Mott-Hubbard metal-insulator transition

D. Vollhardt(1), J. Schlipf(1), P. G. J. van Dongen (1), N. Blümer(1), M. Jarrell(2), S. Kehrein(3), and Th. Pruschke(4)

(1)Institut für Physik, Universität Augsburg, D-86135 Augsburg, Germany
(2)Department of Physics, University of Cincinnati, Cincinnati, Ohio 45221, USA
(3)Physics Department, Harvard University, Cambridge, MA 02138, USA
(4)Universität Regensburg, 93040 Regensburg, Germany

The explanation of the nature of the Mott-Hubbard metal-insulator transition, i.e., the transition between a paramagnetic metal and a paramagnetic insulator driven by electronic interactions, is one of the classic and fundamental problems in condensed matter physics [1]. Metal-insulator transitions of this type are, for example, found in transition metal oxides with partially filled bands near the Fermi level. For such systems band theory typically predicts metallic behavior. The most famous example is V2O3 doped with Cr. A proper understanding of this phenomenon is made difficult by the fact that one is here dealing with an intermediate coupling problem whose investigation requires non-perturbative techniques. Recently there have been some very interesting new developments in this field due to the application of the dynamical mean-field theory (DMFT) for the infinite-dimensional Hubbard model [2].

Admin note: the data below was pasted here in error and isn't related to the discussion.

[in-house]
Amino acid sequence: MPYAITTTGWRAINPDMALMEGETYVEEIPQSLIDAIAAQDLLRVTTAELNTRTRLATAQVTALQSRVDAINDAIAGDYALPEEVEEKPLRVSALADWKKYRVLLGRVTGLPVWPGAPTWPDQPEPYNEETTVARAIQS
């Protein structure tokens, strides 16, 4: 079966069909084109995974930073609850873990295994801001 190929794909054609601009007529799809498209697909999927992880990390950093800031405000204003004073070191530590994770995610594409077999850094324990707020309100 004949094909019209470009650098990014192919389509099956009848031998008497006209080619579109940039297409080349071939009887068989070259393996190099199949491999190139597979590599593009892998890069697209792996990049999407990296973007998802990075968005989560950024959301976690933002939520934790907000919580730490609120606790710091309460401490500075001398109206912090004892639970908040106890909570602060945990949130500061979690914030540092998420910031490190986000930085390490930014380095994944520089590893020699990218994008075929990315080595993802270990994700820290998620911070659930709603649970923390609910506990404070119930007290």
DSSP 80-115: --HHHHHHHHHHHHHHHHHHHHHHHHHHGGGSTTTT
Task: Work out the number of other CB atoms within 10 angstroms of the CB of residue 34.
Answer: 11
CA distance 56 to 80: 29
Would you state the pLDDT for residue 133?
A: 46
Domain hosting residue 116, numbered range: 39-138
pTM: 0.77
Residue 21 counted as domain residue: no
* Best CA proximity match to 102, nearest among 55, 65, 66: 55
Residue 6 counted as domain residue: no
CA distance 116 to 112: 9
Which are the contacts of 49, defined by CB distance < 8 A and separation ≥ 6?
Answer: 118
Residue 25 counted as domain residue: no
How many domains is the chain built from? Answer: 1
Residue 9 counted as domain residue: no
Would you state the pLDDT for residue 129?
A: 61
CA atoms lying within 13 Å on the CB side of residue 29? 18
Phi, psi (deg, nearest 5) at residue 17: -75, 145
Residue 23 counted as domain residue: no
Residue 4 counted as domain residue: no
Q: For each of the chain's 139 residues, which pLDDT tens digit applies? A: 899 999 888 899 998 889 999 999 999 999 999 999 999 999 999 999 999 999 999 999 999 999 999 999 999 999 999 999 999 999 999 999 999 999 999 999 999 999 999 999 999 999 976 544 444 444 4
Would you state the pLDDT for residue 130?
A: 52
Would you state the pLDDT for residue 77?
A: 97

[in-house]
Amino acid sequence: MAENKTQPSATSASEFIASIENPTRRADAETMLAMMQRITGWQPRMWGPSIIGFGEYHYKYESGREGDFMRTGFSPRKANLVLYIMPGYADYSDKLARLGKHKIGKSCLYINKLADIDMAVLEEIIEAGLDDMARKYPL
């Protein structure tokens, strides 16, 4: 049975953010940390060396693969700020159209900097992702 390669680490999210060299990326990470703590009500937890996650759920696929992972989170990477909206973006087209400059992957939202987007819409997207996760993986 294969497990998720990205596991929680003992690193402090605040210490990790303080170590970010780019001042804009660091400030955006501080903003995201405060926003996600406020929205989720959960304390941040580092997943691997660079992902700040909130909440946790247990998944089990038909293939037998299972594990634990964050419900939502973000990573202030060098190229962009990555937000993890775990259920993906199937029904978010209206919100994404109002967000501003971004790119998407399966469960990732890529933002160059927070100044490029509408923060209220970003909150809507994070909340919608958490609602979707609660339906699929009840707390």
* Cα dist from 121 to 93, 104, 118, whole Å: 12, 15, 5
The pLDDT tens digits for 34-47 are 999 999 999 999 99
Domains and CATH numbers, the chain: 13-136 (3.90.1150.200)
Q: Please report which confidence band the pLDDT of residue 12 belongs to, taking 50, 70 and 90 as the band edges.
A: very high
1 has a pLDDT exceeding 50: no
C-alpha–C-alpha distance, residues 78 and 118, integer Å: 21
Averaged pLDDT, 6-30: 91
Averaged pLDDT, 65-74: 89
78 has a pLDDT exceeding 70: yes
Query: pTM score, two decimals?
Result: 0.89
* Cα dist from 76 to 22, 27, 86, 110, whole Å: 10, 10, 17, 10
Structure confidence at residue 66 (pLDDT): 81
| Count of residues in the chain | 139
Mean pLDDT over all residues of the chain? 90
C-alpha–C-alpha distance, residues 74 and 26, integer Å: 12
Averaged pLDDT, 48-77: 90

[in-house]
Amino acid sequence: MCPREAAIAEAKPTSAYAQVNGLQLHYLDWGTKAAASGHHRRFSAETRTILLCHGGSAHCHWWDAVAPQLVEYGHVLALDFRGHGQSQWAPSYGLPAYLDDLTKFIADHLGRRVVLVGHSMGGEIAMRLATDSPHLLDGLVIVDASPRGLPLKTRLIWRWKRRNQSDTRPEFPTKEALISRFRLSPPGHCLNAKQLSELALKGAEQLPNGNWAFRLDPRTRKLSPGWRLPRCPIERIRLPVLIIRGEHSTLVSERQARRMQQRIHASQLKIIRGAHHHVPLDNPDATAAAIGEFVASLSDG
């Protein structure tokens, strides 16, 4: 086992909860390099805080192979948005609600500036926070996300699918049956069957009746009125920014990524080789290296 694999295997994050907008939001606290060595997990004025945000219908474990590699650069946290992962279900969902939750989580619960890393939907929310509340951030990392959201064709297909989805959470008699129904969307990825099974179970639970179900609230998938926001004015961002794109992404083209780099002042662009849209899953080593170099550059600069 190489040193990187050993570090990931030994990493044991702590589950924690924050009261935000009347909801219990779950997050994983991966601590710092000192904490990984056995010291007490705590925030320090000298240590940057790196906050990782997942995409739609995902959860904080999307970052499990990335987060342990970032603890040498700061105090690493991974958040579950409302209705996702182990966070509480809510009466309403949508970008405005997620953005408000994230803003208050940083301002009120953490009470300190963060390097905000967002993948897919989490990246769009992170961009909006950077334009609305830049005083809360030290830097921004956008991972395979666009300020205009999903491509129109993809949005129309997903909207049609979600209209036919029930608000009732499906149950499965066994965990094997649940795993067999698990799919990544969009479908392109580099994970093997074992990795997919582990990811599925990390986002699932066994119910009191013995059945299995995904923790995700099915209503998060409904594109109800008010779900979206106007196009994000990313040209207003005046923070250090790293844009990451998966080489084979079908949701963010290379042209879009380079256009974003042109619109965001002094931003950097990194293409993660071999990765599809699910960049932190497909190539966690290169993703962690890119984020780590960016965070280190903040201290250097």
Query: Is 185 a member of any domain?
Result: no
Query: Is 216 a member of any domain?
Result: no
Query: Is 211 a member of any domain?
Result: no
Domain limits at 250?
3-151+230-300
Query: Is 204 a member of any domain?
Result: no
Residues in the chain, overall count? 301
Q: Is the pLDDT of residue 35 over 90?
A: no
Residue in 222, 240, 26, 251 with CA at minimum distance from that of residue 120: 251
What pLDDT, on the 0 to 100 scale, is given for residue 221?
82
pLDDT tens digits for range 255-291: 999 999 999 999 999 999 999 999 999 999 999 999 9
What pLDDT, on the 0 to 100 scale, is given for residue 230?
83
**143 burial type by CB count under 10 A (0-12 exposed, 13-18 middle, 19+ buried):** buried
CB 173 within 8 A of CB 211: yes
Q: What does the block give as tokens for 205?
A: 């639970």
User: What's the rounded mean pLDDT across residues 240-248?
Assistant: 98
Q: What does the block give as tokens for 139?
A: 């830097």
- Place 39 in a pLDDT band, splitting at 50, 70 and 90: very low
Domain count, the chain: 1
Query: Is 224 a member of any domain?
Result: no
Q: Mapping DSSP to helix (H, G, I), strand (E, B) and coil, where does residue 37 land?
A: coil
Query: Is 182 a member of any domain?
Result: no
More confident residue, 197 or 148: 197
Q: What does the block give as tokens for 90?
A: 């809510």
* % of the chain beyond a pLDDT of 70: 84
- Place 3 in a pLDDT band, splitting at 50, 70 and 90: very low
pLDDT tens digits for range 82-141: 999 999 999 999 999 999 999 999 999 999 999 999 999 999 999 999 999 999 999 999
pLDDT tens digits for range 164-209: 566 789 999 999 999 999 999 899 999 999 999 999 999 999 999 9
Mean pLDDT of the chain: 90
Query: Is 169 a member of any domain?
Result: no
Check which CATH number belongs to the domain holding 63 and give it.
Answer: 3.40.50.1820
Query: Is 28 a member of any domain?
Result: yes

In my talk I will start with a non-technical introduction to the problem, sketching the historical steps taken in the last 60 years. Then I will present recent results obtained by us using high-precision quantum Monte Carlo (QMC) simulations to solve the self-consistency equations of the DMFT [3]. In particular, we studied the quasiparticle renormalization factor Z=m/m and the compressibility kappa at various temperatures. The Mott-Hubbard transition is located at the interaction strength Uc where Z(U) and kappa(U) turn over sharply, i.e., become very small. Then the density of states and the T- and U- dependence of the quasiparticle peak and the screened local moment are discussed. We find that the Fermi-liquid breaks down before the gap opens. From these results we construct the T-U phase diagram. The transition is shown to be continuous down to at least Tc=W/140 (W=bandwidth).

[1] N. F. Mott, Metal-Insulator Transitions (Taylor & Francis, London, 1990); F. Gebhard, The Mott Metal-Insulator Transition (Springer, Berlin, 1997).
[2] A. Georges, G. Kotliar, W. Krauth and M.J. Rozenberg, Rev. Mod. Phys. 68, 13 (1996).
[3] J. Schlipf, M. Jarrell, P.G.J. van Dongen, N. Blümer, S. Kehrein, Th. Pruschke, and D. Vollhardt, Phys. Rev. Lett. 82, 4890 (1999).